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Top prospect Luke Kunin leaves school, will sign with Minnesota Wild

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The 2016 first-round pick will report to the Iowa Wild for the remainder of the year.

United States v Canada - Gold Medal Game - 2017 IIHF World Junior Championship
Luke Kunin led Team USA to Gold in the World Junior Championship this year.
Photo by Minas Panagiotakis/Getty Images

I’ve got good news and better news for fans across the State of Hockey.

The good news? You no longer have a rooting interest in the Wisconsin Badgers Men’s Hockey program.

The better news? The reason for this is because their captain, Luke Kunin, is going pro.

Bob McKenzie of TSN reports:

Kunin officially started his path to the NHL today, signing an amateur tryout with the Iowa Wild. This signing is just 9 months removed from the 2016 NHL Draft, where the Wild selected Kunin at 16th overall.

Since then, Kunin has done nothing but impress. He built on his impressive freshman season with the Badgers, scoring 22 goals (adding 16 assists for 38 points) in 35 games. At the conclusion of his season Sunday, he sat in the NCAA’s Top-10 in goals as a sophomore, and the only member of the 2016 draft class that had more points was über-prospect Clayton Keller.

But Kunin does more than just fill a scoresheet. His leadership qualities have been well-documented throughout his young career. He was named Captain of the US Development Program’s team in the 2014-15 season. That was a team that included Auston Matthews, by the way. He would then go on to wear the C for Wisconsin as a sophomore, which is almost unheard of.

You saw that in the way that he was used in the World Junior Championships this season. Despite collecting just 2 goals and 4 points in the tournament, Kunin (who was named Captain of Team USA) still managed to turn heads. Kunin was entrusted with big minutes (there were games where he lead the team, including defensemen, in TOI) in all situations.

Especially defensively. When Team USA needed a big face-off win, or to kill a crucial penalty, or to protect a lead late in the third, Kunin was on the ice. And he delivered, as Team USA won Gold.

But now it’s time for Kunin to turn the page and go pro.

Let’s look at what Kunin’s game looks like. He’s a player who is able to generate opportunities with his speed. He racks up goals through both volume and accuracy, shooting 17.2% in his two years at Wisconsin on 3.5 shots per game. He can be a playmaker, but he was relied on to be the Badgers’ #1 scoring option. He’s also, as we mentioned earlier, defensively responsible.

Add in his smaller stature (6’0”) and tenacity, and you have a player that profiles to play a similar style to that of a Zach Parise or Jason Zucker.

This leads to an interesting discussion: what position will he play in the NHL? He’s been used- and effective- at both center and wing over the past few seasons. Team USA used him as a center in the World Juniors, whereas Wisconsin tended to play him at wing to better take advantage of his speed and shot.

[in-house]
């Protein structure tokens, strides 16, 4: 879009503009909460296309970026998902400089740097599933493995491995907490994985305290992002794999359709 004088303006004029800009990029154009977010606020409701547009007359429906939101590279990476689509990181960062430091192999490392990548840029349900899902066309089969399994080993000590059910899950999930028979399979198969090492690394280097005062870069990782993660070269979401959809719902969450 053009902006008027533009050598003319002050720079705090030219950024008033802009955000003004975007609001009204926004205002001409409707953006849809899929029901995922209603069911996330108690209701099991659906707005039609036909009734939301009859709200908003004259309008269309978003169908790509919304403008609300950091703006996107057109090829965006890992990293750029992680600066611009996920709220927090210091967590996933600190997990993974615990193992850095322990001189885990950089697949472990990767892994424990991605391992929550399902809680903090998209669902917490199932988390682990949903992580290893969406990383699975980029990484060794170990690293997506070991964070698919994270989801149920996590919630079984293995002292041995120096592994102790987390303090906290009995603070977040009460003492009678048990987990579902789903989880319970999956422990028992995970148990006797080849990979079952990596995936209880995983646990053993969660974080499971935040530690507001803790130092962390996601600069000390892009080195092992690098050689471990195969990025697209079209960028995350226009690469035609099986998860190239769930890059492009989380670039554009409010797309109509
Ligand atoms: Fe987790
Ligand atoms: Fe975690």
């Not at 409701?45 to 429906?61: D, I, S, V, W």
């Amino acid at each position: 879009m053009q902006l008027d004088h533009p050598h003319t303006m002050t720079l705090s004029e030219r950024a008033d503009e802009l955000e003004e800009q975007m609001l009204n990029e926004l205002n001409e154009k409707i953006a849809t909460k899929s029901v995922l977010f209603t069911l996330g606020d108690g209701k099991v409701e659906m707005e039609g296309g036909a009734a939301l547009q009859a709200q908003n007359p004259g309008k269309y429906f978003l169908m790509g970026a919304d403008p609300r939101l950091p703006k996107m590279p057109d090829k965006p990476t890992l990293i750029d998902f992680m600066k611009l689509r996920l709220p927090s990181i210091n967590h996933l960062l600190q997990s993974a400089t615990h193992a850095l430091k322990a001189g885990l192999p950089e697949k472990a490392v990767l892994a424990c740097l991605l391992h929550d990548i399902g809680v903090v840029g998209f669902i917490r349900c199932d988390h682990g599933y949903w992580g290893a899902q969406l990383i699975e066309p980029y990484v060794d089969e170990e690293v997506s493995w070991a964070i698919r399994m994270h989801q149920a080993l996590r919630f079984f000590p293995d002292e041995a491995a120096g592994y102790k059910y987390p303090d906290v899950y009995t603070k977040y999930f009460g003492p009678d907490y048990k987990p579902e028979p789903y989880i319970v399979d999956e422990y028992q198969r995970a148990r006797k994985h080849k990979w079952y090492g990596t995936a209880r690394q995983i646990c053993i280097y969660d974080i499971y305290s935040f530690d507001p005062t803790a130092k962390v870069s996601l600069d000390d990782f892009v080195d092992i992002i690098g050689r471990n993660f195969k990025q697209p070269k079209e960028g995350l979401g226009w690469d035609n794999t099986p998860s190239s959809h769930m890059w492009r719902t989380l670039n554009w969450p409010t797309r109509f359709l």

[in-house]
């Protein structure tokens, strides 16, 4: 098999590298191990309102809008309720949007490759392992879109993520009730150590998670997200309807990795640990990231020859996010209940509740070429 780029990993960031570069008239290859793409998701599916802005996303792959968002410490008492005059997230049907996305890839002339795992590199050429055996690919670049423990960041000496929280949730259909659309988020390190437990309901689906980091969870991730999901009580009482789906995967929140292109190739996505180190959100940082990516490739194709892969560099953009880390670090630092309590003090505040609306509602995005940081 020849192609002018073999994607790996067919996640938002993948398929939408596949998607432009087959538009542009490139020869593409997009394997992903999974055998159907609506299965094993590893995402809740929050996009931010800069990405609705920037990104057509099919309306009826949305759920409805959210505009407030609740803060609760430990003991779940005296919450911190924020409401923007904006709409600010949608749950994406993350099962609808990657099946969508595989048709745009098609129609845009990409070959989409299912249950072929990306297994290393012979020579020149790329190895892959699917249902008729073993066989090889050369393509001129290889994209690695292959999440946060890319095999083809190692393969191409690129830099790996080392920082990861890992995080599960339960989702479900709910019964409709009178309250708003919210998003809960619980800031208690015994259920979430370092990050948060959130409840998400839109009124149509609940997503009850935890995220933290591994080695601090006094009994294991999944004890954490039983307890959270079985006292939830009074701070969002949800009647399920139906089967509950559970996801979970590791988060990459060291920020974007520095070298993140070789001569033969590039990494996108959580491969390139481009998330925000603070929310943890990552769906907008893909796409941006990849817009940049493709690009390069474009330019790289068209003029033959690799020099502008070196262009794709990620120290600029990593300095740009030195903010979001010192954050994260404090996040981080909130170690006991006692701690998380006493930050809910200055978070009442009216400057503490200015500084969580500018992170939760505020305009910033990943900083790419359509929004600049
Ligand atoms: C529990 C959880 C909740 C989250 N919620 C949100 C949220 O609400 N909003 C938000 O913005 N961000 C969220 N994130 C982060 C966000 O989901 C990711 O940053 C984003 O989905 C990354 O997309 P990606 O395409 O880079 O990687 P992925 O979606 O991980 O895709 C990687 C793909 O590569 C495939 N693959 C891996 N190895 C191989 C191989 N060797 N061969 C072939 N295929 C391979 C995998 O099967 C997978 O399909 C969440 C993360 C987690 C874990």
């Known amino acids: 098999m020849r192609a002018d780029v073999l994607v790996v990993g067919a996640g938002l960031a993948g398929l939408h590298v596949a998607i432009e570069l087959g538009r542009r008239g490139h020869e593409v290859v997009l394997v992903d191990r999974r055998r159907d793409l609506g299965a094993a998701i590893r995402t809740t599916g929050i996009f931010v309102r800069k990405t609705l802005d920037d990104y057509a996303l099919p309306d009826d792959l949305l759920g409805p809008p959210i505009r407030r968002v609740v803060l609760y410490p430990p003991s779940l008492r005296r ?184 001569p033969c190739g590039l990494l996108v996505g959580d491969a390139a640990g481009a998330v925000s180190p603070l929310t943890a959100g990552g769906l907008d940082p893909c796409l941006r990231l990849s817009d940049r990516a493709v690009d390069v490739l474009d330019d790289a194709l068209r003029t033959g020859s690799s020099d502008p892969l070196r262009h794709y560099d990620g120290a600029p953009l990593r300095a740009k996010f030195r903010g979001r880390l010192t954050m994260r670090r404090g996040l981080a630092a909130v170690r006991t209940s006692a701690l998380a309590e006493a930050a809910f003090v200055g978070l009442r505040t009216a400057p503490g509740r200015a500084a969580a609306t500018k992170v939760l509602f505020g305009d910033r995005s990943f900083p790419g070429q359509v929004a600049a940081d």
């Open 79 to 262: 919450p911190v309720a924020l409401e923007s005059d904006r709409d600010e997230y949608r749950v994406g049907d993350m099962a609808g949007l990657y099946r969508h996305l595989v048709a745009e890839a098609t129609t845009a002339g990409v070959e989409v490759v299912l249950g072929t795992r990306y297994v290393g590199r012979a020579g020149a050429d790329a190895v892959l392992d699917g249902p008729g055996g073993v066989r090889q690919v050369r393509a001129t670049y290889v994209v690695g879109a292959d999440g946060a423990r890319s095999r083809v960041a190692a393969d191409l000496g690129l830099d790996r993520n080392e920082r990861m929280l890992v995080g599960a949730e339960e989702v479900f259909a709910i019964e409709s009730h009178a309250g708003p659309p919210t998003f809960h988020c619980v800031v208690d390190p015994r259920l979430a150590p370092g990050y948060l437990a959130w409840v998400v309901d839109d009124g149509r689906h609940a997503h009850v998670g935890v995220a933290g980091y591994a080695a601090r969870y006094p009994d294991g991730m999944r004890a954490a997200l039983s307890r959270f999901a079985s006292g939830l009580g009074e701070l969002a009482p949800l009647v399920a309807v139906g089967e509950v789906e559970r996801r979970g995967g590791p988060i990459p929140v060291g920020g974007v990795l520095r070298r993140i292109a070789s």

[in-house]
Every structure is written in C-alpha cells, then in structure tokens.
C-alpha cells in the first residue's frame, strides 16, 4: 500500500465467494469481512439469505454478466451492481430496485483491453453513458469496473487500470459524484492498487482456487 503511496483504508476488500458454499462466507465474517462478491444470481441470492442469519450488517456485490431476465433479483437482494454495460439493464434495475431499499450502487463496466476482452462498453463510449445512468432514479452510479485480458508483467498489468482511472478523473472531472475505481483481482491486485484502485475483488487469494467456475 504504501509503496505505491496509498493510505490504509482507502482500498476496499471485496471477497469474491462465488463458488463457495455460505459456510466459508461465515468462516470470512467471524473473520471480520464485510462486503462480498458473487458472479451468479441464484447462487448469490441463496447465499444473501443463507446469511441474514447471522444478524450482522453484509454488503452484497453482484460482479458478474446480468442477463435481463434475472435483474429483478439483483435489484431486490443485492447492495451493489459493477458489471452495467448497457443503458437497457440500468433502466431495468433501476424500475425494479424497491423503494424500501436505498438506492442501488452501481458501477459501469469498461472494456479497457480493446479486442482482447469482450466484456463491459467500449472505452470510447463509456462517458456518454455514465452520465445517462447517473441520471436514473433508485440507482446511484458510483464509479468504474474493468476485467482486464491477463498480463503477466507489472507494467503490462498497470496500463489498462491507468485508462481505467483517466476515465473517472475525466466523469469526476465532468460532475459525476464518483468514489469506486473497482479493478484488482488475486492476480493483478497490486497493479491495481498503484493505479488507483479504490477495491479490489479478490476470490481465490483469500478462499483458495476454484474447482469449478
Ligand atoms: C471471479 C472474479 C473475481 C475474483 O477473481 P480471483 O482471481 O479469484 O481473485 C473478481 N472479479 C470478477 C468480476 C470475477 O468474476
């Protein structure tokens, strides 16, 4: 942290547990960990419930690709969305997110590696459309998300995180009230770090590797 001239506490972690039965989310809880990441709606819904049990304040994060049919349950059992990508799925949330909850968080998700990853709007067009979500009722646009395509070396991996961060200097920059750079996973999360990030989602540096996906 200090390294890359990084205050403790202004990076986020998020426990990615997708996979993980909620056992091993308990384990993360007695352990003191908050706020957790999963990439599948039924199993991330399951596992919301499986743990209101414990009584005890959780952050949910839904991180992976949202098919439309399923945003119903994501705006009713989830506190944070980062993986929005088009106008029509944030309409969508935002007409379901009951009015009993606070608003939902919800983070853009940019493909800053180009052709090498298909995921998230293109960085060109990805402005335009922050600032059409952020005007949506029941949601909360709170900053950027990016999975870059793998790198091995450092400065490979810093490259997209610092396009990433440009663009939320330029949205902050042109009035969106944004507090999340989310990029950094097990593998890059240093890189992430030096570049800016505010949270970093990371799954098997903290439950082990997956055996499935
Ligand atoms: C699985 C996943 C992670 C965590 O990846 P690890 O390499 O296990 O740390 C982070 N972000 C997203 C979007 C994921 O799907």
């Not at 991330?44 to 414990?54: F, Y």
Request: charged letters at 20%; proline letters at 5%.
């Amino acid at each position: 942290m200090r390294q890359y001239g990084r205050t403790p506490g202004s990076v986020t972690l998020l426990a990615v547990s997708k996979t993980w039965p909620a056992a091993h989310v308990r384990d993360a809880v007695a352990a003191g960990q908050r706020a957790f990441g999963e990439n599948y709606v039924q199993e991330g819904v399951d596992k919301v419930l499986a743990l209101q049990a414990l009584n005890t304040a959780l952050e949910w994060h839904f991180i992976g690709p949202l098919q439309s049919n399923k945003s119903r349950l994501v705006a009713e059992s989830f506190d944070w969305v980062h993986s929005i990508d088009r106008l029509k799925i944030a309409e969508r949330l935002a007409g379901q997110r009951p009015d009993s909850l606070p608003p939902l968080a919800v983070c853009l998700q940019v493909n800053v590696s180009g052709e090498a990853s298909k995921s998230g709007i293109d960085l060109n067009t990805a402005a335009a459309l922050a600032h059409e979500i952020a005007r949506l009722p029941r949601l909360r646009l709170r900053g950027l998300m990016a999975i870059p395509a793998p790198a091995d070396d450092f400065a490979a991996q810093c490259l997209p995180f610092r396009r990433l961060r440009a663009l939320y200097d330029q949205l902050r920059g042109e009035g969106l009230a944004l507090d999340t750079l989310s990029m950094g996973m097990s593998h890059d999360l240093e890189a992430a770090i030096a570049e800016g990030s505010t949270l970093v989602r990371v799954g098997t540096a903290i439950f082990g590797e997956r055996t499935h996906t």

It’ll take time to figure out. No doubt the Wild will want to have him try his hand at center in the minors at the very least, but when it comes time to get his feet wet in the NHL, he may well start at the wing.

Another question that’ll need to be answered is when we can expect to see Kunin in the NHL. Theoretically, he could have joined Minnesota’s lineup this season. But while the team does have some fourth-line issues, they probably didn’t consider taking a 19-year-old straight from college into a playoff run.

Kunin will join the Iowa Wild for their playoff push, still giving him high-leverage experience. One can imagine him competing for a roster spot along with pro-ready center Joel Eriksson Ek, but Minnesota has opted to take things slower with their prospects as of late.

Eriksson Ek is an example of this. Despite impressing in his 9-game cup of coffee, Minnesota opted to send him back to Sweden. Similarly, the Wild have only given Alex Tuch a brief look in the NHL.

It’s not that they couldn’t have used two skilled players to fill out their lineup, either. It’s hard to argue the Wild wouldn’t have been better with Eriksson Ek or Tuch getting games instead of Tyler Graovac. But the Wild have been committed to making sure their prospects are 100% ready before giving them a full-time NHL gig.

So expect Kunin to get a season of development and evaluation in the AHL, with maybe a cup of coffee, before being a serious contender for a spot the NHL.

That doesn’t mean Wild fans shouldn’t get excited, though. Kunin is a very legit prospect, and fans in St. Paul should be expecting big things from him very soon.